13 How: Customer Service New customer initiation Application, sizing, inspection, fee collection & processing Cross connection review Pressure complaints Project information 7/27/12Engineering Division13

14 How: Finance Fixed assets – Main Pipe Inventory Asset additions and retirements Fee processing Capital planning Rate Case testimony and support Invoice approval and coding 7/27/12Engineering Division14

15 Engineering and the Strategic Plan 7/27/12Engineering Division15

16 Strategy #1 Protect and Sustain our Water Resources Strategic Plan Engineering’s Role Maintain ownership of watershed land and well head properties Continue investment in the Company’s watershed plan Promote water conservation Educate communities regarding the location and value of watersheds. Work with communities to develop local zoning that protects our water sources Mapping Monitoring (quantity/level) Stormwater improvement and enhancement Public Education 7/27/12Engineering Division16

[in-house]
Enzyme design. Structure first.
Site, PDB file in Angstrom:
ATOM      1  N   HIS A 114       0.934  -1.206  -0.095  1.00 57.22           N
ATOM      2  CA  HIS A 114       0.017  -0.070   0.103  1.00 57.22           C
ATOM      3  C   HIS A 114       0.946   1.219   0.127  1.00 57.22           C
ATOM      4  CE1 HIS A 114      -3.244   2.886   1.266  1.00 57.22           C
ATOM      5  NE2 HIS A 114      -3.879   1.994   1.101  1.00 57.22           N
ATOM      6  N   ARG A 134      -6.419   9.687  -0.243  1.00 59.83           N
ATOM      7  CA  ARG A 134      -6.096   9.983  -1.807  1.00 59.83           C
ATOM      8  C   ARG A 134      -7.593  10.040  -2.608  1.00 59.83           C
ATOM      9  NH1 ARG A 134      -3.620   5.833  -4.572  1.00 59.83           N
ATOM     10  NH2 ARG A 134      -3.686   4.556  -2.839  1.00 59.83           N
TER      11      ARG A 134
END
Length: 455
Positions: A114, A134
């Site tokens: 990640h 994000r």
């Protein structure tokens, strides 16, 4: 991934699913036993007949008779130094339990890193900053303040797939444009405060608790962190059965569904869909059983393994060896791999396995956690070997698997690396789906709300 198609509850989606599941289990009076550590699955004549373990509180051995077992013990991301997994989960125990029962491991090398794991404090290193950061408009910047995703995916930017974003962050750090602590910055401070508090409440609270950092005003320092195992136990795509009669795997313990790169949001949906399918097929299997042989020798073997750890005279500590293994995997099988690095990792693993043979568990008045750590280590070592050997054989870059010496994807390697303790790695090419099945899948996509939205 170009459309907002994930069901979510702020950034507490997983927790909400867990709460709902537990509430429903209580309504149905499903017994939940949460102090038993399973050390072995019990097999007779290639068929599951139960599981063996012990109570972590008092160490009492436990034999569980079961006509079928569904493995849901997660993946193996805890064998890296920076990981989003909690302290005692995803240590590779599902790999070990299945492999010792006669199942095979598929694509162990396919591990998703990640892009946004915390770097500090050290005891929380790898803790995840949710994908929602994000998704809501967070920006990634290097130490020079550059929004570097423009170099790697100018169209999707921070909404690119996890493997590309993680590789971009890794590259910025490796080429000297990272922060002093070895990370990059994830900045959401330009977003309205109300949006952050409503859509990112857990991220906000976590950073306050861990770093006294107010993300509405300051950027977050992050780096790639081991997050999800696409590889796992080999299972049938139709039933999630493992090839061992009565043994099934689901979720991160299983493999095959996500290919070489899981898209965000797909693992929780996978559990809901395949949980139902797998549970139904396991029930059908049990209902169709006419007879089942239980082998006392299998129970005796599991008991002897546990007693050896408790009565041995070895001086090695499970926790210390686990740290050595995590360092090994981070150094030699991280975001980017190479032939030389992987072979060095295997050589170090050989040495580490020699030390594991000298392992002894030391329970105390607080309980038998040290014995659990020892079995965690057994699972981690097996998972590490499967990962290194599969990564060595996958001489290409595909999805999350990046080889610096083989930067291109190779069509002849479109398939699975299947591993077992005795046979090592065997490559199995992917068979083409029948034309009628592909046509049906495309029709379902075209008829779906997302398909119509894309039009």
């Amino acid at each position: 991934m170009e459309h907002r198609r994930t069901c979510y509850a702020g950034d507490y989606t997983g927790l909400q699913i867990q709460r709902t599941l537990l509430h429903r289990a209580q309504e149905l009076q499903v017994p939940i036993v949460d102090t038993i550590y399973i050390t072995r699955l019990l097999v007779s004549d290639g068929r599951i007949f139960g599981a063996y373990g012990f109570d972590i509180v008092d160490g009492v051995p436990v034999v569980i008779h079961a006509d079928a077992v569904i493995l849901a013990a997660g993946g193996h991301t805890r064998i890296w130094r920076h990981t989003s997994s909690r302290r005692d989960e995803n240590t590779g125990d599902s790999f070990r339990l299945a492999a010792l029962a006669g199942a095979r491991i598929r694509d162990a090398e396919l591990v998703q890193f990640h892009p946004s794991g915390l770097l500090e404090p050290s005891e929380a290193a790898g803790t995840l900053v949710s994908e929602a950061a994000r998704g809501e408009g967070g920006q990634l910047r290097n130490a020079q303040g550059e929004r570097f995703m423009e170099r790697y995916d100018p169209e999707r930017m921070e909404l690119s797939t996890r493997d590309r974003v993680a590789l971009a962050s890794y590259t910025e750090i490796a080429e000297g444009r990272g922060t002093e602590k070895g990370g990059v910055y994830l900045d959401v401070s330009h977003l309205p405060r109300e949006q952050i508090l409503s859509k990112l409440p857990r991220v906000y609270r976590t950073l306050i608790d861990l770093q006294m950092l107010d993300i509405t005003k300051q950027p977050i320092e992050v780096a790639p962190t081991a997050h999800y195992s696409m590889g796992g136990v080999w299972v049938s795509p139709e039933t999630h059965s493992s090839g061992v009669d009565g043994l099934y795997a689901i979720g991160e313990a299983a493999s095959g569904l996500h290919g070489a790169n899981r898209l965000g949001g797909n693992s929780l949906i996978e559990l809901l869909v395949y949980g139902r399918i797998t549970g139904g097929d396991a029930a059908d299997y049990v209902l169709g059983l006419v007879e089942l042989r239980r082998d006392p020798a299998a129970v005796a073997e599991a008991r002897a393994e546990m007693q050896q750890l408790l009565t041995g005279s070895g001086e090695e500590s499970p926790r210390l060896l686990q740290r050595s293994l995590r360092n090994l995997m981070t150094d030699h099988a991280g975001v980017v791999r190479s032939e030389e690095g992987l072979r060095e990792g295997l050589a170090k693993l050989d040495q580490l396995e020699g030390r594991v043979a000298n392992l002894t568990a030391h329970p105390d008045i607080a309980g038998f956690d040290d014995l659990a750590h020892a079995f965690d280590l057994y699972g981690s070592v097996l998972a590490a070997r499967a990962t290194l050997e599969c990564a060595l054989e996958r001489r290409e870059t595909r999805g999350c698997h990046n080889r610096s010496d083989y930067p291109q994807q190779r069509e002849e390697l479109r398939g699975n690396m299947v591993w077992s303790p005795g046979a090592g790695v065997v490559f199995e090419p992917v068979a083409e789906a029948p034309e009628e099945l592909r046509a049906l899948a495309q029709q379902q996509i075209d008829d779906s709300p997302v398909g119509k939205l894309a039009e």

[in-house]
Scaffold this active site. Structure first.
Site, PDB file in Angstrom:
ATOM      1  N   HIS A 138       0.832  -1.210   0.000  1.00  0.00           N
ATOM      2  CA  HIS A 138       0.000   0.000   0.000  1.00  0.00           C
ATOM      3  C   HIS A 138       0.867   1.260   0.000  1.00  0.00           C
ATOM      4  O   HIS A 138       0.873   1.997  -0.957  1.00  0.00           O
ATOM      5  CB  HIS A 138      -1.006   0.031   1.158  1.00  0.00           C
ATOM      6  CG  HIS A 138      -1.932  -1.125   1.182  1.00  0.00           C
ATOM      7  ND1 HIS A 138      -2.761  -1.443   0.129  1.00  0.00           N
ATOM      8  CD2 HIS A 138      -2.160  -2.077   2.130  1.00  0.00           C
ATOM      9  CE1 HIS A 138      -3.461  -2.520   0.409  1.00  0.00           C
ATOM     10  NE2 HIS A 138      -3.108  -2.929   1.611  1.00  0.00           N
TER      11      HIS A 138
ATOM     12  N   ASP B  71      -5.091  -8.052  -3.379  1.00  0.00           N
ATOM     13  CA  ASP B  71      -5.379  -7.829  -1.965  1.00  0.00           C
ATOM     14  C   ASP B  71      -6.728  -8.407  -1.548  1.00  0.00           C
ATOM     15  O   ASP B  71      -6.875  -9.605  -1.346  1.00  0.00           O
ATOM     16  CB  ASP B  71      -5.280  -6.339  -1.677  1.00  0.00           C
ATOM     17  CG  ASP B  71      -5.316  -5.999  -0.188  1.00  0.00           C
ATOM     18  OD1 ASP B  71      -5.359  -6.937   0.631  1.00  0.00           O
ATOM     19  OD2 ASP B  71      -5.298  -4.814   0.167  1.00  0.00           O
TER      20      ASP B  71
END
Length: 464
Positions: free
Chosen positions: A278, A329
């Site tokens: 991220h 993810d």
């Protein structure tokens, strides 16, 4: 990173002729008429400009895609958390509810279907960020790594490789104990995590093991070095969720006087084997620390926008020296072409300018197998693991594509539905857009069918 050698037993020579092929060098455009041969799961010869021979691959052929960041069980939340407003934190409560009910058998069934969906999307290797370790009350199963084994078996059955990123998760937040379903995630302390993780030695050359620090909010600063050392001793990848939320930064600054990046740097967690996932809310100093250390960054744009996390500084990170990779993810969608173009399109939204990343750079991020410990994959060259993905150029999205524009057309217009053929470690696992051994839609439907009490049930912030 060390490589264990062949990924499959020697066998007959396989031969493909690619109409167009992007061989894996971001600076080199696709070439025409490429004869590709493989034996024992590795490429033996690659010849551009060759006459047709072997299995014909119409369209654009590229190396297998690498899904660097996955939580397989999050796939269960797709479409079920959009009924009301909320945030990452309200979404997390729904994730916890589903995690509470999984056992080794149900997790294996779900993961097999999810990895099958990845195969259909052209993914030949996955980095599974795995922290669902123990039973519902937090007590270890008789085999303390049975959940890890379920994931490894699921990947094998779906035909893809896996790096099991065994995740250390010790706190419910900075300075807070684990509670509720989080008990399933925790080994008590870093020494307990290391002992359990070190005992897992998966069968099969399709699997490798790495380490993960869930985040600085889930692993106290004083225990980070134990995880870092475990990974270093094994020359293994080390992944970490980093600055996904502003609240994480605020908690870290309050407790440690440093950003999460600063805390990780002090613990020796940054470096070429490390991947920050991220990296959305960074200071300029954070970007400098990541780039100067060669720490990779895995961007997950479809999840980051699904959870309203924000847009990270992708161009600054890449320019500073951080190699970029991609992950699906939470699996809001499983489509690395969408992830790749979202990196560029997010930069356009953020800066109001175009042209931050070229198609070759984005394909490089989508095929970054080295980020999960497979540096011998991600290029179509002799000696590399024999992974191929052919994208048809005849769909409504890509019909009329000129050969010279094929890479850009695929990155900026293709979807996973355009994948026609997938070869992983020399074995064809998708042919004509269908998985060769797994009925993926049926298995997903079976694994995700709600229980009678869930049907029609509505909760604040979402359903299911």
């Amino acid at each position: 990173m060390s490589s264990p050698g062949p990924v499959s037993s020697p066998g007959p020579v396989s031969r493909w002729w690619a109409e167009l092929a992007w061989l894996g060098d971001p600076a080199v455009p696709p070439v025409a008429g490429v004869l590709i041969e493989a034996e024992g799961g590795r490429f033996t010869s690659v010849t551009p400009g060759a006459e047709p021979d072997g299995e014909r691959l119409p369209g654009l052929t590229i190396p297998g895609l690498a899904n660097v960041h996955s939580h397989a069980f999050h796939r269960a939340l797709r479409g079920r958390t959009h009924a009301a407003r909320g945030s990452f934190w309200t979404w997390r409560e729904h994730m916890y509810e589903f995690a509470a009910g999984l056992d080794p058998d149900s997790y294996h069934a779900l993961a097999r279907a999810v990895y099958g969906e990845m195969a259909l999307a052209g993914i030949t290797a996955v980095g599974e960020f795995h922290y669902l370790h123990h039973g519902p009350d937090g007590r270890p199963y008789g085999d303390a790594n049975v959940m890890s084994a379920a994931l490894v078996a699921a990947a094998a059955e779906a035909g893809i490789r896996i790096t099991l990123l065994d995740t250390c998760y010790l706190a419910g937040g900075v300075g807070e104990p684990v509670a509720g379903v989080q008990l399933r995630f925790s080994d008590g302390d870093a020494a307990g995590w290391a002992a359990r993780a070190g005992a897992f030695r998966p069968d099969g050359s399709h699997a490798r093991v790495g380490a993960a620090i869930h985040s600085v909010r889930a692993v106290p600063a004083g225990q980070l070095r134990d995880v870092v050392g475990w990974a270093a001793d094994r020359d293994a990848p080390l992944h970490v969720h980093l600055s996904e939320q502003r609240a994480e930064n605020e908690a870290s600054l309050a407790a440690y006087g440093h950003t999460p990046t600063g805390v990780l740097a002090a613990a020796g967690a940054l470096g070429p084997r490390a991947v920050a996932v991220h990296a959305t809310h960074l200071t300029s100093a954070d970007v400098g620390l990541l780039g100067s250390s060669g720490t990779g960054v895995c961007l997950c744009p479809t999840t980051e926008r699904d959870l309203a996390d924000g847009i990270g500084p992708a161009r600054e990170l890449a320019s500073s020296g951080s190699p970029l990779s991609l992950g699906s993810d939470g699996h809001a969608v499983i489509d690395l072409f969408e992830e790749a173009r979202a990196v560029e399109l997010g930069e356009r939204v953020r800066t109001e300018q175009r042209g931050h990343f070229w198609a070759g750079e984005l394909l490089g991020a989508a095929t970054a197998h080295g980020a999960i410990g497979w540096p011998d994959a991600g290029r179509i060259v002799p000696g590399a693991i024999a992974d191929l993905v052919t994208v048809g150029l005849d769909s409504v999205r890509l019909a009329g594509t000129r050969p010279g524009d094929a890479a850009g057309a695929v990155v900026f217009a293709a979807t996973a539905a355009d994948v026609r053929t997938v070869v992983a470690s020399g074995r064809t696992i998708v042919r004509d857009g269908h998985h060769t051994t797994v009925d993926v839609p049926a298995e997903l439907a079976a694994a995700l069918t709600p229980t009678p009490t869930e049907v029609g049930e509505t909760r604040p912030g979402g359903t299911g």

17 Strategy #3 Maintain Fiscally Sound Operating Practices that Enhance Access to Long-Term Capital Markets Strategic Plan Engineering’s Role Work with Public Utilities Commission to establish a rate making structure that allows fiscal stability through periods of regulatory lag, inclement weather and increased operating costs Continued evaluation and enhancement of fiscal operations to maximize bond ratings Identify lowest possible cost source of long-term bonding necessary to fund capital expenditures Provide technical support Ensure that the risk of aging infrastructure assessed and minimized Ensure that the long term capital plan is technically and financially feasible and documented Follow least cost planning principles 7/27/12Engineering Division17